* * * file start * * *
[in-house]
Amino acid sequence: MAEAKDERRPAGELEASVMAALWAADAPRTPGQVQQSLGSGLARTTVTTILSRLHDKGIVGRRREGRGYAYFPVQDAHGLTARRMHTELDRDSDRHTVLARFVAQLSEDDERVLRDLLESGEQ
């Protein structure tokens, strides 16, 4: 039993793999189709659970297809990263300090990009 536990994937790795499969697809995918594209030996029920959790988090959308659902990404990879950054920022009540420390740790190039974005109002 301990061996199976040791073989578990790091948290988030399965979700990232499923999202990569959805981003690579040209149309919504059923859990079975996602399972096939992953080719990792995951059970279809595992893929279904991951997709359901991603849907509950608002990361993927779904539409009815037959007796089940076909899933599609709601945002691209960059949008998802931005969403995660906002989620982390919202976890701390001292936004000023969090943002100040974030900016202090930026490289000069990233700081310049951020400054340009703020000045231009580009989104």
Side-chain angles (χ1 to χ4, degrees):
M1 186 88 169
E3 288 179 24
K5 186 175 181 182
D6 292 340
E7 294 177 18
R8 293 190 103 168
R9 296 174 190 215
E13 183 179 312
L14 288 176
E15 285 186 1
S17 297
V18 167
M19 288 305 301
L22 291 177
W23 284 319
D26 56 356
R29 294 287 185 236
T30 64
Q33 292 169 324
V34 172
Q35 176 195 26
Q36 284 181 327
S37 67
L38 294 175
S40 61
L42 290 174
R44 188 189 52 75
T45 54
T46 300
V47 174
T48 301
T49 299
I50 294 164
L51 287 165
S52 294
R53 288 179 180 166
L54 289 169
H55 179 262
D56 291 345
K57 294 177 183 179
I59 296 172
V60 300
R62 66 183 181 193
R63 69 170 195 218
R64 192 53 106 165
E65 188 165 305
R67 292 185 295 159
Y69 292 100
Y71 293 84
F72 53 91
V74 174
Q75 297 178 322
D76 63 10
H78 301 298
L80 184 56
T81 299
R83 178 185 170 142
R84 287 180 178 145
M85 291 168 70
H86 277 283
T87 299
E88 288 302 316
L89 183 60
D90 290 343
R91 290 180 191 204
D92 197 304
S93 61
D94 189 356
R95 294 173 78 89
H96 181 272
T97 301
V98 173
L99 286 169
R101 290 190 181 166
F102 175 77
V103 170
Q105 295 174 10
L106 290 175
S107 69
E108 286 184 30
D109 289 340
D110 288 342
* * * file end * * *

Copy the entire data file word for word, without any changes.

[in-house]
Amino acid sequence: MAEAKDERRPAGELEASVMAALWAADAPRTPGQVQQSLGSGLARTTVTTILSRLHDKGIVGRRREGRGYAYFPVQDAHGLTARRMHTELDRDSDRHTVLARFVAQLSEDDERVLRDLLESGEQ
């Protein structure tokens, strides 16, 4: 039993793999189709659970297809990263300090990009 536990994937790795499969697809995918594209030996029920959790988090959308659902990404990879950054920022009540420390740790190039974005109002 301990061996199976040791073989578990790091948290988030399965979700990232499923999202990569959805981003690579040209149309919504059923859990079975996602399972096939992953080719990792995951059970279809595992893929279904991951997709359901991603849907509950608002990361993927779904539409009815037959007796089940076909899933599609709601945002691209960059949008998802931005969403995660906002989620982390919202976890701390001292936004000023969090943002100040974030900016202090930026490289000069990233700081310049951020400054340009703020000045231009580009989104």
Side-chain angles (χ1 to χ4, degrees):
M1 186 88 169
E3 288 179 24
K5 186 175 181 182
D6 292 340
E7 294 177 18
R8 293 190 103 168
R9 296 174 190 215
E13 183 179 312
L14 288 176
E15 285 186 1
S17 297
V18 167
M19 288 305 301
L22 291 177
W23 284 319
D26 56 356
R29 294 287 185 236
T30 64
Q33 292 169 324
V34 172
Q35 176 195 26
Q36 284 181 327
S37 67
L38 294 175
S40 61
L42 290 174
R44 188 189 52 75
T45 54
T46 300
V47 174
T48 301
T49 299
I50 294 164
L51 287 165
S52 294
R53 288 179 180 166
L54 289 169
H55 179 262
D56 291 345
K57 294 177 183 179
I59 296 172
V60 300
R62 66 183 181 193
R63 69 170 195 218
R64 192 53 106 165
E65 188 165 305
R67 292 185 295 159
Y69 292 100
Y71 293 84
F72 53 91
V74 174
Q75 297 178 322
D76 63 10
H78 301 298
L80 184 56
T81 299
R83 178 185 170 142
R84 287 180 178 145
M85 291 168 70
H86 277 283
T87 299
E88 288 302 316
L89 183 60
D90 290 343
R91 290 180 191 204
D92 197 304
S93 61
D94 189 356
R95 294 173 78 89
H96 181 272
T97 301
V98 173
L99 286 169
R101 290 190 181 166
F102 175 77
V103 170
Q105 295 174 10
L106 290 175
S107 69
E108 286 184 30
D109 289 340
D110 288 342